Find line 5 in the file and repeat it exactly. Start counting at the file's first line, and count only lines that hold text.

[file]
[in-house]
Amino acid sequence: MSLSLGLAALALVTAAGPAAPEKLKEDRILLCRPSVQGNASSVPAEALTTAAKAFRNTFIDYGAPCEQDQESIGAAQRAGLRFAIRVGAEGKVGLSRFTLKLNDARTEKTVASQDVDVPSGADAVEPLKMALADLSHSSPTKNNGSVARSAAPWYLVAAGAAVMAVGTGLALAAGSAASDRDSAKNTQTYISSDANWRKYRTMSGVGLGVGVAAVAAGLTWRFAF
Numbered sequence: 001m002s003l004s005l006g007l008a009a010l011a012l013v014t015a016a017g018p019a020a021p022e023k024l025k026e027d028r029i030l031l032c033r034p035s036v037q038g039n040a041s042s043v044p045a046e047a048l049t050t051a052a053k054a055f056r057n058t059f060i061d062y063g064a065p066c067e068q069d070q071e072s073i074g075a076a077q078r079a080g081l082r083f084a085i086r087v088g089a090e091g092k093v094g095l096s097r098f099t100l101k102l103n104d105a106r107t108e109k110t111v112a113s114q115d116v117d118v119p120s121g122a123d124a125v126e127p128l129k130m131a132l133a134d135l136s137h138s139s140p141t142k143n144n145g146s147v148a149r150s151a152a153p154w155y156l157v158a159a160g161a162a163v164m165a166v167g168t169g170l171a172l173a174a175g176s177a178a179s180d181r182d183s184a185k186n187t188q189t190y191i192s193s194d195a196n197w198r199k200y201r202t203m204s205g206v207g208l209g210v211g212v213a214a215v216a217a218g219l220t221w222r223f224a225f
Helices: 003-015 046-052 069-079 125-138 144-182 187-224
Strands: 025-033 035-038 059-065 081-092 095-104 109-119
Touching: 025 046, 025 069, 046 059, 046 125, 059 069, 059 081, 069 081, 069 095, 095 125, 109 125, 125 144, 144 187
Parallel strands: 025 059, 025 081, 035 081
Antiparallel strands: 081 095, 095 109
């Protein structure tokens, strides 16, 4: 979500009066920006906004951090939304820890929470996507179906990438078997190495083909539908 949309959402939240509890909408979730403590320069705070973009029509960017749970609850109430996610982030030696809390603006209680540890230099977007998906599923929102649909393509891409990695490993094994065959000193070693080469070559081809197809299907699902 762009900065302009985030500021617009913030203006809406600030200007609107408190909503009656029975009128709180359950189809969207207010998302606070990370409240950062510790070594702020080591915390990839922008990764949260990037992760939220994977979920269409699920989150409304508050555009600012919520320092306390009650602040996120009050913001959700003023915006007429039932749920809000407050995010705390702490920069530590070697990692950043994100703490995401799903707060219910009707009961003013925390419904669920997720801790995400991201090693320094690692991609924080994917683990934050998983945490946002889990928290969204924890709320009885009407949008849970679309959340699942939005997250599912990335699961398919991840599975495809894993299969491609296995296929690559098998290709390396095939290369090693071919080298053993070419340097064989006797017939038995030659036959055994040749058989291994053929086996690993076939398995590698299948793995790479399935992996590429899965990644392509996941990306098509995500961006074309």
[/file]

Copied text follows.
Strands: 025-033 035-038 059-065 081-092 095-104 109-119